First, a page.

Yes, it’s true; even the term ‘unconditional love’ does not mean an exemption from criticism. It means that you love that person (or dog, or popular media franchise) no matter what. It does not mean that you will tolerate everything that person, dog, or franchise ever does. It does not mean that you will never ask them to change. I can love you without condition and still ask you to put your dirty laundry in the basket. That’s not a condition for my love, because I will love you even if you don’t do it. But loving you unconditionally also doesn’t mean I have to stop asking.

So you can love your country and still demand that it stops killing civilians. You can love your child and still punish it for stealing. You can love your dog and still train it not to eat your shoes. And yes, you can love the comic industry and still want it to change in important and fundamental ways.

Turning a blind eye to bad behavior only exacerbates that behavior. If you permit bad behavior from your country, your dog, or your comic industry, the thing you love will eventually be punished and/or ostracized by someone whose love is not guaranteed. To stop that from happening, take care of the thing you love, and steer it away from bad behavior. Be a critic.

That doesn’t mean that critics are all great lovers. Love is a conscientious navigation between encouragement and concern, and away from the treacherous shores of negligence and harassment. Love includes criticism. Criticism isn’t hate.

 

Make your own.

 

4. Making Your Own Doesn’t Fix the Problem

All you need to make a comic is an idea, a sheet of paper, and a pen. Children can do it. Children do do it. Making your own is easy.

And… what then? How do you get people to read your comic? How do you sustain it? If you’re making a comic rather than criticizing a publisher, how do you match their production values? Their distribution? Their promotion? If your criticism is of a genre, a medium, an infrastructure, how do you ‘make your own’ version of all that?

Alternatives are not solutions. If a bakery sells contaminated bread, and you try to warn people about it, are you going to listen to someone who tells you to shut up and bake your own bread? You actually can bake your own bread — trust me, you can — but does that solve anything?

‘Make your own’ is not an answer; it’s a distraction from the problem. Making your own is about as much help as buying a hat or singing a song. It’s a non sequitur. It means, “If you don’t like it, go away and do something else so I don’t have to listen to you any more.”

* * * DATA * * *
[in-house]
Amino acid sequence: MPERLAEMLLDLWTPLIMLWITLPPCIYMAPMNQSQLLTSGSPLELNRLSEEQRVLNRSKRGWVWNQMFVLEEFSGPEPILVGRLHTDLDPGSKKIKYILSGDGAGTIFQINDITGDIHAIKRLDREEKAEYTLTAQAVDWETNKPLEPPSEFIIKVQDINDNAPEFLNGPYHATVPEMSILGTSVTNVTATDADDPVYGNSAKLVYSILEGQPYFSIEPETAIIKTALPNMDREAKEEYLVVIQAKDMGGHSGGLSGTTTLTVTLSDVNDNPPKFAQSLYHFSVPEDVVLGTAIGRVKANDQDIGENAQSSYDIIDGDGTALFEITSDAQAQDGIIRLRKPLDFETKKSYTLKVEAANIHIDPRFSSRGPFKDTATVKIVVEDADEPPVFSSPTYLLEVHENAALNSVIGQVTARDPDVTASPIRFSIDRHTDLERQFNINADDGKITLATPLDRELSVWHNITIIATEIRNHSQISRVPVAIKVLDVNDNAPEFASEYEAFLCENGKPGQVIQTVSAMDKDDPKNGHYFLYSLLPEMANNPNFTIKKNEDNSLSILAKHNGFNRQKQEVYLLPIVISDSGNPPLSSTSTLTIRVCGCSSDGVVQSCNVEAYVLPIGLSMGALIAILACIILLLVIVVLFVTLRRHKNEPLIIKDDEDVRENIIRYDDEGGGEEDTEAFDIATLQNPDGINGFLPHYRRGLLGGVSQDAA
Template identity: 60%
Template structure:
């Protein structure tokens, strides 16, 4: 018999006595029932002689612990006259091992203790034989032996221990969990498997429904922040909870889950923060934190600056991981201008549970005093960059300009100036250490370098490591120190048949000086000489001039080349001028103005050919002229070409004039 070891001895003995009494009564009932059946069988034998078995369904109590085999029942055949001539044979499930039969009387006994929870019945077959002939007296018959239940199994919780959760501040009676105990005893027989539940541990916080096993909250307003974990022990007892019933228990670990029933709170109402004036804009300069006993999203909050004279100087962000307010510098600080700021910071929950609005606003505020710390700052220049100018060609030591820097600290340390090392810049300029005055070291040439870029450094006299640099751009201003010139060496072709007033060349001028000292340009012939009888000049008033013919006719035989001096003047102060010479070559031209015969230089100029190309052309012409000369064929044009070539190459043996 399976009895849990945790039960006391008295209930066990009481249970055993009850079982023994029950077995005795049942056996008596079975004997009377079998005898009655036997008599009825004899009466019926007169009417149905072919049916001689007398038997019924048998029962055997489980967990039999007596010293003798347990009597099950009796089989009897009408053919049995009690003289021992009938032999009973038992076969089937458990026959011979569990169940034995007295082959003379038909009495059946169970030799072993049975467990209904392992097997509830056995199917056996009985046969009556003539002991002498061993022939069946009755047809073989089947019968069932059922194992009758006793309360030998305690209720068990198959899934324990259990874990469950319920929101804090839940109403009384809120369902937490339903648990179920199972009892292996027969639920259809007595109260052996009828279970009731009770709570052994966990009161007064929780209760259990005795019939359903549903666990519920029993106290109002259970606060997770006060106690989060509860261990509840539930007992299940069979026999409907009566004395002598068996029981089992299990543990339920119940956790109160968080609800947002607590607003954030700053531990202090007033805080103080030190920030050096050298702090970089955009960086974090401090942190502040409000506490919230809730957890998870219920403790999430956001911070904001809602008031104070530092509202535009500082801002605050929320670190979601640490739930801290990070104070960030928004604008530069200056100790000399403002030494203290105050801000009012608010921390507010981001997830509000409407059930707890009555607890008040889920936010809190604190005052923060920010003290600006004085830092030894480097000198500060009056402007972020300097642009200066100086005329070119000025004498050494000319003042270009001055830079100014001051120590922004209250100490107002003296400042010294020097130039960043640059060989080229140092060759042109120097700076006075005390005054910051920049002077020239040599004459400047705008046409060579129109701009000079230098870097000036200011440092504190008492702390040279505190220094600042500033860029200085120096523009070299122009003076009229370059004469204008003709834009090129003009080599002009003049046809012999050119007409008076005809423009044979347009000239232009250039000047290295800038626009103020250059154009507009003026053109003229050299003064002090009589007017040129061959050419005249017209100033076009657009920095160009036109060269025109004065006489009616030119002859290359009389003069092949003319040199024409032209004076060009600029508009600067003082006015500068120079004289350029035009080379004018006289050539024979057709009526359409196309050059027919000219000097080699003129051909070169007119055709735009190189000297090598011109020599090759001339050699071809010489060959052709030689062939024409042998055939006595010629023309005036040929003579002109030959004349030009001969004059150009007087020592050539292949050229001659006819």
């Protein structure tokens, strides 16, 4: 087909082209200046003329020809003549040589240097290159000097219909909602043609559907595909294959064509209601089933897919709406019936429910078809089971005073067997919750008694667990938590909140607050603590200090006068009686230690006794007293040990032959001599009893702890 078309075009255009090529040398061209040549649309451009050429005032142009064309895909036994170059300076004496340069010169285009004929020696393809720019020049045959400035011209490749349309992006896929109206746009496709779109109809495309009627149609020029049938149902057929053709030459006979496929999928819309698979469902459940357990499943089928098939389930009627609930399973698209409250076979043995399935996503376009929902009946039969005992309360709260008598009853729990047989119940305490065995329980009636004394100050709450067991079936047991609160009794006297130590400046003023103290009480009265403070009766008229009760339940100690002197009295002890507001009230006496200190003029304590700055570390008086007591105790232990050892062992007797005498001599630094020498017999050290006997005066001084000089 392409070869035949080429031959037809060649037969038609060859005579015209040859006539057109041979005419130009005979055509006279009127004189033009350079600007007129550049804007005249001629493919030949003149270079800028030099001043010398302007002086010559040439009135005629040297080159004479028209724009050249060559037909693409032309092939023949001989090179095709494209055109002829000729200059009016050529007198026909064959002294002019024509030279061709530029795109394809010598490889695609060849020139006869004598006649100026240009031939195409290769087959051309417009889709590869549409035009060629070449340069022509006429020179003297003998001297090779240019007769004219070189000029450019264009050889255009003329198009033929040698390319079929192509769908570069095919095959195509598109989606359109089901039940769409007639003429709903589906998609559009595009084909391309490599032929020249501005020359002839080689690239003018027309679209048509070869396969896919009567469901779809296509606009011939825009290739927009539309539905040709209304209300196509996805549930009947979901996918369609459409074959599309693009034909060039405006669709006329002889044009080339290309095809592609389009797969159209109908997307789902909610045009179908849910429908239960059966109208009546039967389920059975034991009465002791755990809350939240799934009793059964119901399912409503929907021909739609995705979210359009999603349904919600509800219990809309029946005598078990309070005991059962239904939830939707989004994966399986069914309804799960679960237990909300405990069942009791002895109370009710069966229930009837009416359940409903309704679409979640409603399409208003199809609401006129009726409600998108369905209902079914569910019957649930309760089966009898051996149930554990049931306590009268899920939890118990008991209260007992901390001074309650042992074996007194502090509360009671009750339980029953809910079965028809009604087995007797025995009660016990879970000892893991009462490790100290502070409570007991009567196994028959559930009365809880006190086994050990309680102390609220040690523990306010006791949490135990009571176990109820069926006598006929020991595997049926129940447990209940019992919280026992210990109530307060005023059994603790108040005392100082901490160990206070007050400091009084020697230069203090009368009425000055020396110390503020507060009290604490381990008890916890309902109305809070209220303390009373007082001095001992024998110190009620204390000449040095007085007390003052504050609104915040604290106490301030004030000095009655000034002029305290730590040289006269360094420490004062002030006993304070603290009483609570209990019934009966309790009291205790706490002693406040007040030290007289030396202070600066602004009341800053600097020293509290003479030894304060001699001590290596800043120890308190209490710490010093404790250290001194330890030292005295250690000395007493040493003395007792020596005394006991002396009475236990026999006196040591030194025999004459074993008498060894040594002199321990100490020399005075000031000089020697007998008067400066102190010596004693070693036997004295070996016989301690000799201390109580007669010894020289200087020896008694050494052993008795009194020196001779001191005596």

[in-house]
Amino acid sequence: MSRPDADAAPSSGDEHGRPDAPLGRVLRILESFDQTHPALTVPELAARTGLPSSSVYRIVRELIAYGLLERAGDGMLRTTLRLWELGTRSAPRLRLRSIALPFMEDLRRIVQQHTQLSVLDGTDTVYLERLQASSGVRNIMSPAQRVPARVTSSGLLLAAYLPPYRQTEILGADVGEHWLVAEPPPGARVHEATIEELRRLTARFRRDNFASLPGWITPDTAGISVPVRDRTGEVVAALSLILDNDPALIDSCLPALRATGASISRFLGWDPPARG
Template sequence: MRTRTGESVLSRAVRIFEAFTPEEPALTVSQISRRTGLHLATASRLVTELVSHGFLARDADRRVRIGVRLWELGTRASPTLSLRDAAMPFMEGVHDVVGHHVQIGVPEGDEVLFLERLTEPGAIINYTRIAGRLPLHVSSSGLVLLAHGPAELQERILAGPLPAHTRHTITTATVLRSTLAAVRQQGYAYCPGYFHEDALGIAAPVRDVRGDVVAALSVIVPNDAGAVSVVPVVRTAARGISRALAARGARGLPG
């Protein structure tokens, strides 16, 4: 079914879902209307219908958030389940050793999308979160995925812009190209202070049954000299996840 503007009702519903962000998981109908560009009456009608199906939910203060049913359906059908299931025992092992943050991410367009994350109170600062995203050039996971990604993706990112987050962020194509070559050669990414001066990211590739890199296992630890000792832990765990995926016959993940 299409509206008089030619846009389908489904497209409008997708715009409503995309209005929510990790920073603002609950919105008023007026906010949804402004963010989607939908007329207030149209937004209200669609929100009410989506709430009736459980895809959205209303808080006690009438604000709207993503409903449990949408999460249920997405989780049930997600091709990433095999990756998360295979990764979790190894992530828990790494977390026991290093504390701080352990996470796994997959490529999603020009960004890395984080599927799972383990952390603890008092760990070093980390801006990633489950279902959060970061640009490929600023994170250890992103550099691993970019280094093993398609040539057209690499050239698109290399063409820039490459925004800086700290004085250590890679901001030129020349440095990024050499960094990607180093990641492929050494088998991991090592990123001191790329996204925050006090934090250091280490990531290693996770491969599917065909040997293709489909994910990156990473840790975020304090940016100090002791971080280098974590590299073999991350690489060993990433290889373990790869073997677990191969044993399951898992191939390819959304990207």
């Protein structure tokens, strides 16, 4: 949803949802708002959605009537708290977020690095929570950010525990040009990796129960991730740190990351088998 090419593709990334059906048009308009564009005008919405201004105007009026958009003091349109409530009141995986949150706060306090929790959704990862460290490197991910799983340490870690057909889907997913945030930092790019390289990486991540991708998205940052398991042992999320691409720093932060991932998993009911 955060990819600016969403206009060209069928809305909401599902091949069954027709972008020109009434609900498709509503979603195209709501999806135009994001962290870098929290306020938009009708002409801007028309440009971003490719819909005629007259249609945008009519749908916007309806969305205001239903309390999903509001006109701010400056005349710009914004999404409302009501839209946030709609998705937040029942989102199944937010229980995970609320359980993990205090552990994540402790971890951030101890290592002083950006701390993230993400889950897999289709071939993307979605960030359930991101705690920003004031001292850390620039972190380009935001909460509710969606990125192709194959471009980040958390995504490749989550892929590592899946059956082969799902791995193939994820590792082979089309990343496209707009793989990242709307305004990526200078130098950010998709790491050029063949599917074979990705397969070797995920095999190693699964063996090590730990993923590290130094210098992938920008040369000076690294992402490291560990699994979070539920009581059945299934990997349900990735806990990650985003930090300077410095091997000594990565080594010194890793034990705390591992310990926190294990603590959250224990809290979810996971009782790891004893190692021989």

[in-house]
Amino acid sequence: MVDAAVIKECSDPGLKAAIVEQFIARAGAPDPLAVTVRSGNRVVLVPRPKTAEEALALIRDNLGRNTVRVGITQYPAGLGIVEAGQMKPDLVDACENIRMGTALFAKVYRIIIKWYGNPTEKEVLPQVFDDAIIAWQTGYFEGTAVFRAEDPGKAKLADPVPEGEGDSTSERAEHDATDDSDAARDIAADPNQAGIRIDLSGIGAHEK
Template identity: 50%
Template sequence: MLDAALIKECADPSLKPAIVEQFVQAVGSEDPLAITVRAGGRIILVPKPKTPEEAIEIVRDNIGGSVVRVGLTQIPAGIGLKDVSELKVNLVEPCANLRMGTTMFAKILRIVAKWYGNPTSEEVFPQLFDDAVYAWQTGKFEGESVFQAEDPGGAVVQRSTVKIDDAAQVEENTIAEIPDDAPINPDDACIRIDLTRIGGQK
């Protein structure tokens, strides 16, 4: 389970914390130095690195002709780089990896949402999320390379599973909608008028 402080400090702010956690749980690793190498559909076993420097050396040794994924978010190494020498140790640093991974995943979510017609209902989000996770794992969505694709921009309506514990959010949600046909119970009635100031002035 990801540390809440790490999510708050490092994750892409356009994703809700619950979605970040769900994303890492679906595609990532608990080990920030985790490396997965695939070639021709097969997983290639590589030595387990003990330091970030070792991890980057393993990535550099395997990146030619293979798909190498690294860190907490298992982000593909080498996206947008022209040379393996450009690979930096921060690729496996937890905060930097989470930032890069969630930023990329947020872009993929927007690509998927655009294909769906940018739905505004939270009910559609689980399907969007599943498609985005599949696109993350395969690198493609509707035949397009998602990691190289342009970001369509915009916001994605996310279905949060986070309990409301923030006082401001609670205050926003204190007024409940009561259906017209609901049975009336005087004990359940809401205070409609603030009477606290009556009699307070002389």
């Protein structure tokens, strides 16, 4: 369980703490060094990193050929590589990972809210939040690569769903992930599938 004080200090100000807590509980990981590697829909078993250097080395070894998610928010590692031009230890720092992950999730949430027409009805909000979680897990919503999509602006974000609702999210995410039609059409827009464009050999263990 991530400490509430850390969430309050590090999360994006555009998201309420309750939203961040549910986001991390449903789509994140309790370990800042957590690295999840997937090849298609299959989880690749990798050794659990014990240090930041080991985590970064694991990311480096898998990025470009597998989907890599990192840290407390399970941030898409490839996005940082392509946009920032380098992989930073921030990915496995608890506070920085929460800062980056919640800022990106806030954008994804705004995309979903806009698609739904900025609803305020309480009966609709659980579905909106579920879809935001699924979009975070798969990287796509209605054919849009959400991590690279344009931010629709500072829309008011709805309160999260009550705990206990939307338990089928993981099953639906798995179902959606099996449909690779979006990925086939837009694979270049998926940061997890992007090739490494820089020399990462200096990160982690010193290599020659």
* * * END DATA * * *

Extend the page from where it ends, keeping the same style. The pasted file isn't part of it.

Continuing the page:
Don’t be that guy. That guy’s a jerk.

 

5. But You Should Make Your Own

If you can make your own comic, movie, video game, inspired by your frustration at the failure of those who went before you, that is great. These industries always need new voices. Sure, the thing that you make won’t fix the problems you’ve identified, but it might one day be part of a changed industry. If you can make your own, and you want to make your own, go out and make your own.

But not instead of criticizing. The person who says, “If you don’t like it, make your own’, will never support you. They don’t see a problem with what they’ve got, so they don’t see a need for your alternative. Don’t make anything because of them. Make something because of you.

 

Make your own.

 

6. You Will Always Be A Critic

Star Wars was inspired by Flash Gordon. A Song of Ice and Fire owes a debt to The Lord of the Rings. Harry Potter offers an answer to The Chronicles of Narnia. Breaking Bad takes its lead from The Godfather. Jason Bourne took shape against James Bond.

Art exists in conversation with that which came before it, and that’s as true in comics as in any other narrative form. Watchmen, Ms Marvel, Copra, Astro City, and All-Star Superman are not just united in being superhero comics, but in being critical responses to superhero comics — and each of them markedly different. The Wicked + The Divine feeds on the horrors of celebrity, just as surely as Preacher feeds on the hypocrisies of religion. Saga uses the scope of its canvas to ask questions about family; Sex Criminals employs humor to explore our attitudes to intimacy; and 100 Bullets honors its noir roots by interrogating modern morality.

From Frank Miller to George Miller, via Melissa McCarthy, Hayao Miyazaki, Sarah Burton, Shonda Rhimes, Taylor Swift, and Zadie Smith, everyone who tells stories or creates art is a critical thinker, responding to ideas with ideas of their own. There aren’t just two types of people. Makers are critics.

If you’re going to make your own, you need to be able to tell us what like, and what you don’t like. If you can’t be a critic, you don’t have anything to add.